however, you shall not: do anything likely to impair, interfere with or damage or cause harm or distress to any persons, or the network; do anything that will infringe any Intellectual Property Rights or other rights of Mondaq or any third party; or use the Website, Services and/or Content otherwise than in accordance with these Terms; use any trade marks or service marks of Mondaq or the Contributors, or do anything which may be seen to take unfair advantage of the reputation and goodwill of Mondaq or the Contributors, or the Website, Services and/or Content.

Mondaq reserves the right, in its sole discretion, to take any action that it deems necessary and appropriate in the event it considers that there is a breach or threatened breach of the Terms.

Mondaq’s Rights and Obligations

Unless otherwise expressly set out to the contrary, nothing in these Terms shall serve to transfer from Mondaq to you, any Intellectual Property Rights owned by and/or licensed to Mondaq and all rights, title and interest in and to such Intellectual Property Rights will remain exclusively with Mondaq and/or its licensors.

Mondaq shall use its reasonable endeavours to make the Website and Services available to you at all times, but we cannot guarantee an uninterrupted and fault free service.

Mondaq reserves the right to make changes to the services and/or the Website or part thereof, from time to time, and we may add, remove, modify and/or vary any elements of features and functionalities of the Website or the services.

Mondaq also reserves the right from time to time to monitor your Use of the Website and/or services.


The Content is general information only. It is not intended to constitute legal advice or seek to be the complete and comprehensive statement of the law, nor is it intended to address your specific requirements or provide advice on which reliance should be placed. Mondaq and/or its Contributors and other suppliers make no representations about the suitability of the information contained in the Content for any purpose. All Content provided "as is" without warranty of any kind. Mondaq and/or its Contributors and other suppliers hereby exclude and disclaim all representations, warranties or guarantees with regard to the Content, including all implied warranties and conditions of merchantability, fitness for a particular purpose, title and non-infringement. To the maximum extent permitted by law, Mondaq expressly excludes all representations, warranties, obligations, and liabilities arising out of or in connection with all Content. In no event shall Mondaq and/or its respective suppliers be liable for any special, indirect or consequential damages or any damages whatsoever resulting from loss of use, data or profits, whether in an action of contract, negligence or other tortious action, arising out of or in connection with the use of the Content or performance of Mondaq’s Services.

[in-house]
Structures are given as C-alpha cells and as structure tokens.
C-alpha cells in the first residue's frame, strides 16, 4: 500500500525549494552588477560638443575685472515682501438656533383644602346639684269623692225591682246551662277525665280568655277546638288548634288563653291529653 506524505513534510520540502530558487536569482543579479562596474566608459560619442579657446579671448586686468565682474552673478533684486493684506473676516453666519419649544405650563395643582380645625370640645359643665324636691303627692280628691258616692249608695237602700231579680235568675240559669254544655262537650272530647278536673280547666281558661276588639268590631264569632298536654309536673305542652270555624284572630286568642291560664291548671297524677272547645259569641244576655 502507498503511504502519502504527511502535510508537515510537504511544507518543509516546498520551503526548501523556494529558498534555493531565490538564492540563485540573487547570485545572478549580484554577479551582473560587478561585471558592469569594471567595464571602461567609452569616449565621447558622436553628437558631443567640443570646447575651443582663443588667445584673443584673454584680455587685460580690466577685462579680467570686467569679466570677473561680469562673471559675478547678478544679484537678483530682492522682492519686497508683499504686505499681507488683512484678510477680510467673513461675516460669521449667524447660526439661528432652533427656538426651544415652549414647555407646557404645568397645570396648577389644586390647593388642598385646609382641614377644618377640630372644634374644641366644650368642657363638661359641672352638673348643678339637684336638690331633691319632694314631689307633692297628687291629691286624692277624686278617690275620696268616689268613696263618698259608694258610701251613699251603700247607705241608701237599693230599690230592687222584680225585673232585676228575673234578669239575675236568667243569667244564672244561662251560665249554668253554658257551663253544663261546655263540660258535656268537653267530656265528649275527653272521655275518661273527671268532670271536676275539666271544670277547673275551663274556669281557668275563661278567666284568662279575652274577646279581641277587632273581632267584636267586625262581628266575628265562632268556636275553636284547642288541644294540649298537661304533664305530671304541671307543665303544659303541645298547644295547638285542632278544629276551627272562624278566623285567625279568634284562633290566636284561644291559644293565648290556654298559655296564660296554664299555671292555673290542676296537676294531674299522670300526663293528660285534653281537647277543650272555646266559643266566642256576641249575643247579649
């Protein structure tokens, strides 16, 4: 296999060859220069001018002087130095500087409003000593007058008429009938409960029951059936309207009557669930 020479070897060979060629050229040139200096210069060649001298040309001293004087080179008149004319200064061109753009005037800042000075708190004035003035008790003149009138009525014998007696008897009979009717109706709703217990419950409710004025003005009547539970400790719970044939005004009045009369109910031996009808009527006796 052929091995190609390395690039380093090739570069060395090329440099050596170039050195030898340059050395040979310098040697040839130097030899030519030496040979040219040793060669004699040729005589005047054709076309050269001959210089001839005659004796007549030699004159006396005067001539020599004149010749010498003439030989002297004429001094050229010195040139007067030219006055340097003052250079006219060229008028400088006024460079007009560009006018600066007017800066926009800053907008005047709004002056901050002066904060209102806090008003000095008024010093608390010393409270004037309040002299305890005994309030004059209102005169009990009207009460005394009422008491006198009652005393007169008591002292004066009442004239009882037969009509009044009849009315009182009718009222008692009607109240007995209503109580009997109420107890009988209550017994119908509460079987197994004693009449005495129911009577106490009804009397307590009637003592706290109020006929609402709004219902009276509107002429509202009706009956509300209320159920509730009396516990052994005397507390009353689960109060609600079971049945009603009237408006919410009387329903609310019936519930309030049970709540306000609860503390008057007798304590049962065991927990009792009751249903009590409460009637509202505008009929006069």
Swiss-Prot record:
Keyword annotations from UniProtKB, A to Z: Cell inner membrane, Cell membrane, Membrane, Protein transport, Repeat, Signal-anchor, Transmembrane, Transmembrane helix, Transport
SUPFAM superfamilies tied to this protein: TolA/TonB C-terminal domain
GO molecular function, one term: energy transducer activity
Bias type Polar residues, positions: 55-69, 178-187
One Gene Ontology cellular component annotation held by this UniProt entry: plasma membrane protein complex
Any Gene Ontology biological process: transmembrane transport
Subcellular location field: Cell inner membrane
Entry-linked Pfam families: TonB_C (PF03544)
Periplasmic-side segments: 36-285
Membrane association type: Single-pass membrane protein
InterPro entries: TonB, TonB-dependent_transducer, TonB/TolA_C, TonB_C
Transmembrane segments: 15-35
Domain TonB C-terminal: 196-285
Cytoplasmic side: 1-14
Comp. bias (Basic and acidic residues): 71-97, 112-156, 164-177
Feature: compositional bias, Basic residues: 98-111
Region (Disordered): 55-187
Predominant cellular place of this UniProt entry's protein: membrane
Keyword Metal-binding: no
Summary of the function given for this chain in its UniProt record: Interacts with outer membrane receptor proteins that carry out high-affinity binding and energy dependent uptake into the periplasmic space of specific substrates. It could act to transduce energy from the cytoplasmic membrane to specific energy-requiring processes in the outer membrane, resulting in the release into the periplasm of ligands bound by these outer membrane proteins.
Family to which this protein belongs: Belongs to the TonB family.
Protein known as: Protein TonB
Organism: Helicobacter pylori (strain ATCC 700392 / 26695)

Mondaq may alter or amend these Terms by amending them on the Website. By continuing to Use the Services and/or the Website after such amendment, you will be deemed to have accepted any amendment to these Terms.

These Terms shall be governed by and construed in accordance with the laws of England and Wales and you irrevocably submit to the exclusive jurisdiction of the courts of England and Wales to settle any dispute which may arise out of or in connection with these Terms. If you live outside the United Kingdom, English law shall apply only to the extent that English law shall not deprive you of any legal protection accorded in accordance with the law of the place where you are habitually resident ("Local Law"). In the event English law deprives you of any legal protection which is accorded to you under Local Law, then these terms shall be governed by Local Law and any dispute or claim arising out of or in connection with these Terms shall be subject to the non-exclusive jurisdiction of the courts where you are habitually resident.

You may print and keep a copy of these Terms, which form the entire agreement between you and Mondaq and supersede any other communications or advertising in respect of the Service and/or the Website.

No delay in exercising or non-exercise by you and/or Mondaq of any of its rights under or in connection with these Terms shall operate as a waiver or release of each of your or Mondaq’s right. Rather, any such waiver or release must be specifically granted in writing signed by the party granting it.

If any part of these Terms is held unenforceable, that part shall be enforced to the maximum extent permissible so as to give effect to the intent of the parties, and the Terms shall continue in full force and effect.

Mondaq shall not incur any liability to you on account of any loss or damage resulting from any delay or failure to perform all or any part of these Terms if such delay or failure is caused, in whole or in part, by events, occurrences, or causes beyond the control of Mondaq. Such events, occurrences or causes will include, without limitation, acts of God, strikes, lockouts, server and network failure, riots, acts of war, earthquakes, fire and explosions.

By clicking Register you state you have read and agree to our Terms and Conditions